5. I'm not sure where to put this, really but... So last night, before I went to bed, I had cleaned out the mice tank and made them a new MES (Mouse Entertainment System) and was reading in bed. For whatever reason, I felt the urge to get out of bed and go to the kitchen--of course I have gotten out of the habit of sneaking nighttime peeks at the betta tank since it's Gorgeous George the beefy crowntail who I never have had to worry about. I peer into tank, notice right away George is not sleeping in his normal spot, rather out in the open and very very still. My filter had died, I made sure it wasn't the circuit or stray current, it wasn't producing any noise or heat. And all the media was still very wet, including the biowheel. Can't figure out what happened, but here I was at 1 30 am, stripping my filter media and stuffing it in a back up Hagen mini elite filter, still wondering how I could have such nice timing to randomly check on the tank. George was perfectly fine, of course, but if that happened to my old goldfish tank I'm sure my stomach would have dropped out of my butt. I am rather disappointed, though, I rather liked that filter but I'll see about the warranty. Would not be the fist time I heard of an Eclipse System 3 burning out. Anyone else ever have their fishie senses tingle like that?
  6. Yes, please keep updates, I've very interested to see if you to propagate the lily successfully, I have one myself.
  7. I'm very sorry to hear about Bandit, Edith. You are such a supportive person; Bandit couldn't have been in more diligent loving hands.
  8. I'm sorry you lost French's, dear. It must have been a complete shock. You have taken such good care of him. RIP French's.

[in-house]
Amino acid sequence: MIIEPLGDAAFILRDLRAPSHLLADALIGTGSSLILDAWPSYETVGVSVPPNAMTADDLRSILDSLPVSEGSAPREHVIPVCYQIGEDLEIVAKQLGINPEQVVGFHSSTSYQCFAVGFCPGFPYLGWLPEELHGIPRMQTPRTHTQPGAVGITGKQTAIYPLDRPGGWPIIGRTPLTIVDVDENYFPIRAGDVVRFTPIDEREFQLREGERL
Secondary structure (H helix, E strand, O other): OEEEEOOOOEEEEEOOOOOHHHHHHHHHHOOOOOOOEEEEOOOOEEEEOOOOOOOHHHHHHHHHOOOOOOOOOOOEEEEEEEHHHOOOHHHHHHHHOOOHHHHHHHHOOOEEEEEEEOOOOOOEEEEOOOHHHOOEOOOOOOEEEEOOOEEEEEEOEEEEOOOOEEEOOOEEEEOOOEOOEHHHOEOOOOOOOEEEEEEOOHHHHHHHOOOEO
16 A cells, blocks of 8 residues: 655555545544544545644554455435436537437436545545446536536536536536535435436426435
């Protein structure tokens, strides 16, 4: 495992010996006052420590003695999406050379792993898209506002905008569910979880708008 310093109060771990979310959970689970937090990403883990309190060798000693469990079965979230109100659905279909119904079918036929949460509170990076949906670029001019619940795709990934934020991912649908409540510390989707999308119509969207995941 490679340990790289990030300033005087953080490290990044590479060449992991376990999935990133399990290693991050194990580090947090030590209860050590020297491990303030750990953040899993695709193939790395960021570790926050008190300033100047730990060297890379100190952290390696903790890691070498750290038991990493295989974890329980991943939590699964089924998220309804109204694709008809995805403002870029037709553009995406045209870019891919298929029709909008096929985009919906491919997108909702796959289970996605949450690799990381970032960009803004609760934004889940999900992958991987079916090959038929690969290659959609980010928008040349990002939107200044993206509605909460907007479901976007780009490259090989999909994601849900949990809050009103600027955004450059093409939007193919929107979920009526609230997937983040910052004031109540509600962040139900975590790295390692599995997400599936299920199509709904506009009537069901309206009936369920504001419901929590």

9. I'm with Sakura, with the Japanese I know and familiarity with its words phonetically, I think it would normally be ree-you-keen. But perhaps we are forgetting all languages vary from region to region and things are lost in translation. Is it possible that the pronunciation depends on the area's accent and vernacular? I'm no expert in the variations....
  10. Yep, Sakura is right. I couldn't manage to tie my Java ferns down, but they stay happy suspended in the water column as well. I don't think Java ferns do as well in substrate. When I do see them, they are usually browning and melting.
  11. Doing often, stable water changes like that can give you an advantage, because you are also removing more that growth hormone consistently often. You will be encouraging faster growth rates in your goldfish that way.
  12. If you don't mind online ordering and shipping, the raingarden site does have a large selection of watonai they are currently perfecting. Most of them are in the 4-8 inch range, they aren't too shabby to look at. Got any pictures of your common with a "watonai" tail? It would definitely be interesting to see!
  13. I'm very sorry Chrissy, I remember Frederick, one of the most memorable pearlscales on the board here. He was lucky to have those years to spend with you. RIP Frederick.
  14. Watonai are specifically breed for their characteristic tail type and coloration alike, you will never see one in a feeder fish tank. Beautiful fish though, they are one of the ultimate pond goldfish in my opinion. Feeder fish can have compromised health problems, but they do have the benefit of being less genetically modified than fancy goldfish. They are much hardier and take much more abuse than fancies--but this stigmata leaves them vulnerable to being mistreated in general. It's just hard to nurse an already sick and stressed fish back to health. But common feeders can still have a good chance at living a healthy life in the hands of a good owner.
  15. How's everyone doing, Pontosfan?